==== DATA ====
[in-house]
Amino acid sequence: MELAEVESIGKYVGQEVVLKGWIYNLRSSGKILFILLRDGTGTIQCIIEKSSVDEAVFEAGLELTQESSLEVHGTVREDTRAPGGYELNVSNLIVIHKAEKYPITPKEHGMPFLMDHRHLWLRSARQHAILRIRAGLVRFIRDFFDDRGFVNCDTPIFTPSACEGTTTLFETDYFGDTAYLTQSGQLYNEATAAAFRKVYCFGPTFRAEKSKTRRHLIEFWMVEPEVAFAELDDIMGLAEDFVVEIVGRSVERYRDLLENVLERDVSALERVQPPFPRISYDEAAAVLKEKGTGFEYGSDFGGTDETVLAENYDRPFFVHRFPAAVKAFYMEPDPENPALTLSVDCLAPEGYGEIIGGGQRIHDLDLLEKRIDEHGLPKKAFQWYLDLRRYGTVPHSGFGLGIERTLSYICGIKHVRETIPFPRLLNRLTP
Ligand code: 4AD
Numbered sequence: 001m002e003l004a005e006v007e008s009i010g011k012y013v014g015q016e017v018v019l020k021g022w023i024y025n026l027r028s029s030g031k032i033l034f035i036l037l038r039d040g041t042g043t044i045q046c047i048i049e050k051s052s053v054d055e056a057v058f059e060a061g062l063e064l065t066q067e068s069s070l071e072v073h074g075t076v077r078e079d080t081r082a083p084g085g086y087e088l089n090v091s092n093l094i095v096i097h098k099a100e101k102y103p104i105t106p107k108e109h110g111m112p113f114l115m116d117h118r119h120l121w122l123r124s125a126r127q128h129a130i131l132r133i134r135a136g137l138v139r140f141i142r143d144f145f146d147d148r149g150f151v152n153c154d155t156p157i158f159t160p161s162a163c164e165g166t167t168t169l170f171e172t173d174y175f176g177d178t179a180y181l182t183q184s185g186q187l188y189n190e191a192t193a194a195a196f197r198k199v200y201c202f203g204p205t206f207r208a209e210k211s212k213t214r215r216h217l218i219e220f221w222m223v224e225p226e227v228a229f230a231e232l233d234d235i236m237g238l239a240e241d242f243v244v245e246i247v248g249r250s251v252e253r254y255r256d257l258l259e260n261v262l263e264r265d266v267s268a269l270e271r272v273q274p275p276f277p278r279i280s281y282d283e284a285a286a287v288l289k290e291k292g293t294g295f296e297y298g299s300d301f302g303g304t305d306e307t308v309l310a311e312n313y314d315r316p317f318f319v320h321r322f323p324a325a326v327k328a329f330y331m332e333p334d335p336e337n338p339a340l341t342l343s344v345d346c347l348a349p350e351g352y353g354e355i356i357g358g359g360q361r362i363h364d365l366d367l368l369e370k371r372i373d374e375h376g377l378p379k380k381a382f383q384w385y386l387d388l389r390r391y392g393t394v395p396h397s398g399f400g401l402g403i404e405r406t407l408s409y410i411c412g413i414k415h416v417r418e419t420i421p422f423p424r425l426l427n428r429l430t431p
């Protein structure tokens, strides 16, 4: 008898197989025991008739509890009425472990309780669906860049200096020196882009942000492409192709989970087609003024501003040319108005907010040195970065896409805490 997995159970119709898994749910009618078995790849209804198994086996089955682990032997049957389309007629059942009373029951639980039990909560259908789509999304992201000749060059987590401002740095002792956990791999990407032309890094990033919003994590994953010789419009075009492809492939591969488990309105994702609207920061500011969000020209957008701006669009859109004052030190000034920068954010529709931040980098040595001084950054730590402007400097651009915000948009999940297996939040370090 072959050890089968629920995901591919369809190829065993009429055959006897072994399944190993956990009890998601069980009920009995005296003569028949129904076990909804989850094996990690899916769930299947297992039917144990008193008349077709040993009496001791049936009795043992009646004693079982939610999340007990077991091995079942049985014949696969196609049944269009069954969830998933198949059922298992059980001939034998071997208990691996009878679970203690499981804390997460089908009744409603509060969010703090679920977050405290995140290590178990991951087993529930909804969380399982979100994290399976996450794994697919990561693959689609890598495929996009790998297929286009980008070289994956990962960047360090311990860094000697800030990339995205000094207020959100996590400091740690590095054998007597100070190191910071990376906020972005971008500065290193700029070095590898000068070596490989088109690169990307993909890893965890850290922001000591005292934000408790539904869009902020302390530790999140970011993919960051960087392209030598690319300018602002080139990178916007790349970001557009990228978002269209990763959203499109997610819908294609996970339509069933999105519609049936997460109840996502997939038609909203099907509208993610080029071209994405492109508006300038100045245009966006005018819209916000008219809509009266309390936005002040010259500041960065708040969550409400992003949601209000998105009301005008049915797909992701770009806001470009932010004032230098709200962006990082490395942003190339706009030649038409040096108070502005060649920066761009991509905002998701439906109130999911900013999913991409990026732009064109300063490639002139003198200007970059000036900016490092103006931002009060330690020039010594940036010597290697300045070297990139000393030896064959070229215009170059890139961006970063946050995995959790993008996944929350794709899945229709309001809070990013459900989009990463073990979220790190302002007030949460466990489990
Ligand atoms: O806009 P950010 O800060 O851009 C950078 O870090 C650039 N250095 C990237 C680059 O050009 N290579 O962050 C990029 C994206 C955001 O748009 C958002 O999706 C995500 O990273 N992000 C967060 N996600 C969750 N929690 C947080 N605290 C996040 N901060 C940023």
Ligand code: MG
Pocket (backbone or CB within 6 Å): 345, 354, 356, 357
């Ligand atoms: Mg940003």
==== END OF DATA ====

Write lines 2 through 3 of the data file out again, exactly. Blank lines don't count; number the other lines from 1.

Amino acid sequence: MELAEVESIGKYVGQEVVLKGWIYNLRSSGKILFILLRDGTGTIQCIIEKSSVDEAVFEAGLELTQESSLEVHGTVREDTRAPGGYELNVSNLIVIHKAEKYPITPKEHGMPFLMDHRHLWLRSARQHAILRIRAGLVRFIRDFFDDRGFVNCDTPIFTPSACEGTTTLFETDYFGDTAYLTQSGQLYNEATAAAFRKVYCFGPTFRAEKSKTRRHLIEFWMVEPEVAFAELDDIMGLAEDFVVEIVGRSVERYRDLLENVLERDVSALERVQPPFPRISYDEAAAVLKEKGTGFEYGSDFGGTDETVLAENYDRPFFVHRFPAAVKAFYMEPDPENPALTLSVDCLAPEGYGEIIGGGQRIHDLDLLEKRIDEHGLPKKAFQWYLDLRRYGTVPHSGFGLGIERTLSYICGIKHVRETIPFPRLLNRLTP
Ligand code: 4AD